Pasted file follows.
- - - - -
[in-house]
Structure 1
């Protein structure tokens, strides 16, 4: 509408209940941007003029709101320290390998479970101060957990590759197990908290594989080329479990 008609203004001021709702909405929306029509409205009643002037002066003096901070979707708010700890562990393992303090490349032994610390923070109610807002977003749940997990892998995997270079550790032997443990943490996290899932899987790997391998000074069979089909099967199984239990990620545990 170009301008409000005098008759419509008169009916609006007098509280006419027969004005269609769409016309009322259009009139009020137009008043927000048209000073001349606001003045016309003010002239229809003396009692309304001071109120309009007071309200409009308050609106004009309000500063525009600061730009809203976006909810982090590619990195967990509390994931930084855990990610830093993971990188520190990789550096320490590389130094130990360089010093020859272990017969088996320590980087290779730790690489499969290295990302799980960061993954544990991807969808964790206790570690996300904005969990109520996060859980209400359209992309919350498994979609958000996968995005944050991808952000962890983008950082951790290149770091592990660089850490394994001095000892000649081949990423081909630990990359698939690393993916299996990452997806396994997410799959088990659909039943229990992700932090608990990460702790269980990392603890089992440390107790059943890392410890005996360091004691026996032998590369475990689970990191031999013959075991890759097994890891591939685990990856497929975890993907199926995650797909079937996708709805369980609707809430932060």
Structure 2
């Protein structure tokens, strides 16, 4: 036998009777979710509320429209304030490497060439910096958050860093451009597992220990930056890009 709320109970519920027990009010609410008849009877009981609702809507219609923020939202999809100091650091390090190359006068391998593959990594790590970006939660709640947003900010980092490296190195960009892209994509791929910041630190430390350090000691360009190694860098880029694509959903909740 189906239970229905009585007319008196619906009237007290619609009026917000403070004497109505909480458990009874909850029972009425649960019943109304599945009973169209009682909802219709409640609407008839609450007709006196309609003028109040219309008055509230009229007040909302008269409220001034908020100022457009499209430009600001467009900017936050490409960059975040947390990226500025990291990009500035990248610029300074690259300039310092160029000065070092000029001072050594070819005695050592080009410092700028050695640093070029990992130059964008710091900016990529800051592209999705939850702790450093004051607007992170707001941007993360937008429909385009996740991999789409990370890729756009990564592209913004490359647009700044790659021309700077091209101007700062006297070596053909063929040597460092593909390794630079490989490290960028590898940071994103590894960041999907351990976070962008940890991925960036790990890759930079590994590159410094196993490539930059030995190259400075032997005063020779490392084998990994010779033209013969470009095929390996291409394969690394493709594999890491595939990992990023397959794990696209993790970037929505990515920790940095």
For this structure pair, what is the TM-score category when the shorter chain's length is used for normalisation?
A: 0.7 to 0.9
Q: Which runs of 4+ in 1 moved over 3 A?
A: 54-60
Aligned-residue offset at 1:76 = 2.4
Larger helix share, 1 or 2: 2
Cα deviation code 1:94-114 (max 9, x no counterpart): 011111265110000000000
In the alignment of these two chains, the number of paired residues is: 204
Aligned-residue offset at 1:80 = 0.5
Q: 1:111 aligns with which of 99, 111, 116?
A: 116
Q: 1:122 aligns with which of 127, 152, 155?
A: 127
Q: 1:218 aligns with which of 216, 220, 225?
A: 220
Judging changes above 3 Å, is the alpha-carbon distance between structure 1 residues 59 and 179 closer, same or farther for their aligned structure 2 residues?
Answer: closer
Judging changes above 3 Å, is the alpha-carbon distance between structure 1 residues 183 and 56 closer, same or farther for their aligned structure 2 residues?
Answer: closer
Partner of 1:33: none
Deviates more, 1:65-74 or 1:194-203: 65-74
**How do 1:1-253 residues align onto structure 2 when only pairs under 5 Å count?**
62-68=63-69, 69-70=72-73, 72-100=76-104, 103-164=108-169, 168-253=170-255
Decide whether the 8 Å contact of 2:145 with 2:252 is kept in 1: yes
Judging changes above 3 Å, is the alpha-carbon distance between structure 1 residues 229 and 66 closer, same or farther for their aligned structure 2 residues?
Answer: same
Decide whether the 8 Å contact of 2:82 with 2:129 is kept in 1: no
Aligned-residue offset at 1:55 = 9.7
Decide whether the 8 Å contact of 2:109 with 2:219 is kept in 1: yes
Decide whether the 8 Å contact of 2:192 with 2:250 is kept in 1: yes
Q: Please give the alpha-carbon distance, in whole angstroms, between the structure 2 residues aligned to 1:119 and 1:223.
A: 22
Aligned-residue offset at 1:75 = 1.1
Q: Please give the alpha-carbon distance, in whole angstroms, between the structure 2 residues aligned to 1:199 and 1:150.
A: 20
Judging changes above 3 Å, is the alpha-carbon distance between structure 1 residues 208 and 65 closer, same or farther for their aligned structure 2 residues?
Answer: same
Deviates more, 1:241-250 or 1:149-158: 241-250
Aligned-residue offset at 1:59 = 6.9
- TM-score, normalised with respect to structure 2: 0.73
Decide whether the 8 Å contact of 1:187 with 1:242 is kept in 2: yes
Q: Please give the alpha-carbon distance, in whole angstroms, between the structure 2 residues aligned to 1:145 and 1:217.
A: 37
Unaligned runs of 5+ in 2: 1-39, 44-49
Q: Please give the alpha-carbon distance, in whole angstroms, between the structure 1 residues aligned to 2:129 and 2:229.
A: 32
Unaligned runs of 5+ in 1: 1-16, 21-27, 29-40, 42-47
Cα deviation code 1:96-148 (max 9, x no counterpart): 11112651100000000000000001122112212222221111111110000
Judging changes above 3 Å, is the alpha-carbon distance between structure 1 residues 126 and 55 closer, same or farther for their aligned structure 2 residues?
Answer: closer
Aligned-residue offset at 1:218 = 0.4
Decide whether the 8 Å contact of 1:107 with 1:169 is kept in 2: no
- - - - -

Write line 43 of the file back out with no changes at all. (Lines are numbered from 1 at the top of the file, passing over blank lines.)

Deviates more, 1:241-250 or 1:149-158: 241-250